Is Pot Still a Draft No-No?

Talking heads like Mel Kiper cite many reasons why players go up and down draft boards. One of the puzzling questions coming at this year's draft is whether admitting to marijuana use is reason enough to devalue a player on draft day.

More than a decade ago, Warren Sapp was viewed as the consensus No. 1 pick in the draft. It seemed like a mortal lock that Sapp would go with the top pick. At the time, VU asked then-defensive coordinator of the Vikings Tony Dungy if the Vikings would try to trade up to get Sapp and his response?

"That would be a dream come true for the defensive coaches, but we don't make those decisions."

So when draft day 1995 came and the No. 1 pick came off the board, it wasn't Sapp. He didn't go No. 2 either. Or No. 3. Or No. 4. Finally, ESPN reported that a league memorandum circulated to all teams the day of the draft informed them that Sapp had tested positive for marijuana at the Combine. In all, 11 teams passed on Sapp as a result, including the Vikings – who took trivia answer Derrick Alexander (the defensive end) with the 11th overall pick.

Instead, Sapp finally found a home in Tampa Bay and, multiple Pro Bowls later, it seemed the concern over his pot use diminished with time. So is it still a front-burner issue with the NFL? We might find out a week from Saturday.

Three of the top potential selections – wide receiver Calvin Johnson and defensive linemen Gaines Adams and Amobi Okoye – have all admitted to smoking marijuana at some point in their lives, according to reports. While admitting to smoking pot and testing positive in a league-sanctioned drug test are two very different things, it does create an interesting conundrum for teams at or near the top. Is admitting to inhaling (unlike a former president who shall remain Bill Clinton) the same as a draft day death warrant? We'll have to wait and see.

Marijuana use was cited by Mike Tice as the sole reason Onterrio Smith, rated as the 32nd overall pick on the Vikings draft board in 2003, was still on the board when the team took him on the fourth round. Other players have been devalued for similar reasons, but these are the lottery picks of the draft.

Only the hours of Saturday morning and afternoon will tell the full story if the Vikings and the other teams at the top are going to take these admissions to heart and devalue those players or not. But you get the feeling that anything short of admitting he main-lined heroin wouldn't be enough to allow Johnson to slip past the fourth pick.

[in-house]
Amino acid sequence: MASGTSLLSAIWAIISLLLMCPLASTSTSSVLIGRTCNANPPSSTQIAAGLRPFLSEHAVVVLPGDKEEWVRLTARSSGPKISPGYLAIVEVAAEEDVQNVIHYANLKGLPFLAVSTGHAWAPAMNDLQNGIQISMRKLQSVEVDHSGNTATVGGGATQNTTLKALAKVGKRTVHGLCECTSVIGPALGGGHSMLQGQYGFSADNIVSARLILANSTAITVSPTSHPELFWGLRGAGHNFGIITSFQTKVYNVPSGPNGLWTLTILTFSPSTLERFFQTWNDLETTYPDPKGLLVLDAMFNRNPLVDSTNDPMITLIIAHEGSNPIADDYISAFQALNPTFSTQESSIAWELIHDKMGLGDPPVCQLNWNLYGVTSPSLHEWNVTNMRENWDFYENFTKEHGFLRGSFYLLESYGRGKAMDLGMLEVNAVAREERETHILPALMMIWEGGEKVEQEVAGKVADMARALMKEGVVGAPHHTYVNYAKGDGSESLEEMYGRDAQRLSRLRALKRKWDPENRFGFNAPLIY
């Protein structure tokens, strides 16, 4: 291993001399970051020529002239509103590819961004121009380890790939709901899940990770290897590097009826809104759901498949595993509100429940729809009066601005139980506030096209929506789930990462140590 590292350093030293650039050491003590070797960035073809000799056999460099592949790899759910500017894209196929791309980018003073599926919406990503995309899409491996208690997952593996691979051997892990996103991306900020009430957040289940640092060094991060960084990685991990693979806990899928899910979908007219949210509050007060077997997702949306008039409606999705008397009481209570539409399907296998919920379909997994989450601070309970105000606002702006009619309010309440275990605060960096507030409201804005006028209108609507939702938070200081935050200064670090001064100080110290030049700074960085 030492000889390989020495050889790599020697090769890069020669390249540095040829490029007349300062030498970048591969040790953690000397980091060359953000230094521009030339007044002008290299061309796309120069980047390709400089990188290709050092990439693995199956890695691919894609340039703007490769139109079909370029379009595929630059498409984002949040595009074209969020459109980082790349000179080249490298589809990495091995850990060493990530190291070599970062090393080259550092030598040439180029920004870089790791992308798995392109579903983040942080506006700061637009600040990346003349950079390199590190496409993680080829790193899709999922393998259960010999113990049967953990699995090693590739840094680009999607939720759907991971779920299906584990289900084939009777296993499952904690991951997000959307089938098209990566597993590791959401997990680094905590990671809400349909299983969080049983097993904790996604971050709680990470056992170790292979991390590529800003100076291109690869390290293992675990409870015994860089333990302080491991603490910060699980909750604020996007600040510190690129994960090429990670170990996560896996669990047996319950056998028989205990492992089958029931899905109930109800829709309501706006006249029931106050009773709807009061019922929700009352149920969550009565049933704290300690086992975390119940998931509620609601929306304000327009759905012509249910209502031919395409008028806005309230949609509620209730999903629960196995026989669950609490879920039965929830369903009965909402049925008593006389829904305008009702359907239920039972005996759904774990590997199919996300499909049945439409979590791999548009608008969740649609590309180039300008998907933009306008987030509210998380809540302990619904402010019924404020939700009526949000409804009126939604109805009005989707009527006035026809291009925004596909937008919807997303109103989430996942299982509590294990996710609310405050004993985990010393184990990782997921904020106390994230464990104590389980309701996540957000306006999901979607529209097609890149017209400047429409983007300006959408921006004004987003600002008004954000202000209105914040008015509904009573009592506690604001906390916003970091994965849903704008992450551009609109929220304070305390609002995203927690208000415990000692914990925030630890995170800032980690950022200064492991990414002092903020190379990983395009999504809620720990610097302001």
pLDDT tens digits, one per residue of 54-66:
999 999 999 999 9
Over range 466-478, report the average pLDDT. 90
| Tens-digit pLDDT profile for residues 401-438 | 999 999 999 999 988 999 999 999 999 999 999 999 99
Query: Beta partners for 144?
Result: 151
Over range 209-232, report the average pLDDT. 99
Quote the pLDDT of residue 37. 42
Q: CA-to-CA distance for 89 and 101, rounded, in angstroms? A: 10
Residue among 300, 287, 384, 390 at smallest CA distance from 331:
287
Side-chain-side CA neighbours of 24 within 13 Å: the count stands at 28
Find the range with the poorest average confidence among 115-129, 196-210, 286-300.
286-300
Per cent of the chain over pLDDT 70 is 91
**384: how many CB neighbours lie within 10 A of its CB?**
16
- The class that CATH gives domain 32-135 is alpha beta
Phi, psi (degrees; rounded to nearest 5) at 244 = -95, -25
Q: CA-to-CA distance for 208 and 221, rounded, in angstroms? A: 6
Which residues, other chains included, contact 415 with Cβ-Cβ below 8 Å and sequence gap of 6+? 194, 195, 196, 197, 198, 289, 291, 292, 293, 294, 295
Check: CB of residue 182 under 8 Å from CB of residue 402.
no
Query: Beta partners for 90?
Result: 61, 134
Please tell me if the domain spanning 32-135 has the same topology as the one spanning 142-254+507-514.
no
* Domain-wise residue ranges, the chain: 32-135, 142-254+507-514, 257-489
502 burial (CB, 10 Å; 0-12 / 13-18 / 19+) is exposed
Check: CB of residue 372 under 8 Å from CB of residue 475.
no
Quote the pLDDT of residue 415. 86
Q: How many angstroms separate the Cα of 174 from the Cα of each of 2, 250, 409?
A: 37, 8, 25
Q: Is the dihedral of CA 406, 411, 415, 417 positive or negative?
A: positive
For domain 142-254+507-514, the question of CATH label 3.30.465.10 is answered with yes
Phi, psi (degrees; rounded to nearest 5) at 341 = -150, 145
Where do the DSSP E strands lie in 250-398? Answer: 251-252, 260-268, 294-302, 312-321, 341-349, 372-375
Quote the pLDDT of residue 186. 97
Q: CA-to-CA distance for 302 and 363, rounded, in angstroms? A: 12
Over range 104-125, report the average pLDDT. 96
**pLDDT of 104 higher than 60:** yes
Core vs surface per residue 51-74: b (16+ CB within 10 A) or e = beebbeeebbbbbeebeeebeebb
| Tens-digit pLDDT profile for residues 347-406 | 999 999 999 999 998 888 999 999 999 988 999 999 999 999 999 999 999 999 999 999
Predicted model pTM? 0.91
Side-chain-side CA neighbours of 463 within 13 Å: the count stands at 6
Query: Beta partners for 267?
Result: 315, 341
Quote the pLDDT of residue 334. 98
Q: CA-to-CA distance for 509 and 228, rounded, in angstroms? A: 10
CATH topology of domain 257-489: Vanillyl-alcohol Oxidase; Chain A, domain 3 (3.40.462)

THURSDAY NOTES
* The Vikings made a bizarre signing Wednesday in hopes of finding someone who can help their ailing wide receiver corps – Todd Lowber. Who? Our thoughts exactly. You won't find a huge bio on him at NFL.com because he's never played pro football. For that matter, he never played college football. Or high school. Or any organized football. Yet, he signed a three-year deal with the Vikings Wednesday and, according to his agent, there was interest from the Eagles, Rams, 49ers, Cowboys and Panthers. A former basketball player and high jumper, Lowber runs a 4.3 40. But, then again, so does Troy Williamson and that hasn't led to on-field success.
* If the Vikings want a veteran receiver, they may be able to find one in Ravens' WR Derrick Mason. Upset with how he's being used with the Ravens, Mason wants out and apparently the asking price is a third-round pick. For a desperate team like the Vikings, getting a veteran with that pick would be a coup, especially considering that third-round receivers are always a risk.
* The Vikings intend to unveil their plan for a new stadium in the area around the Metrodome site today.
* The NFL takes its product placement seriously. Very seriously. So much so that when Brian Urlacher showed up at the interview podium at the Super Bowl wearing a hat for a vitamin-filled water product that isn't an official sponsor of the NFL, you knew there would be trouble. The hammer came down Wednesday, as the league announced Urlacher would be fined $100,000 for promoting the product by product placement at his interview station without the league being compensated. Here's hoping that AC/DC and Guns ‘n' Roses get paid every time "Hell's Bells" or "Welcome to the Jungle" are played during NFL games.

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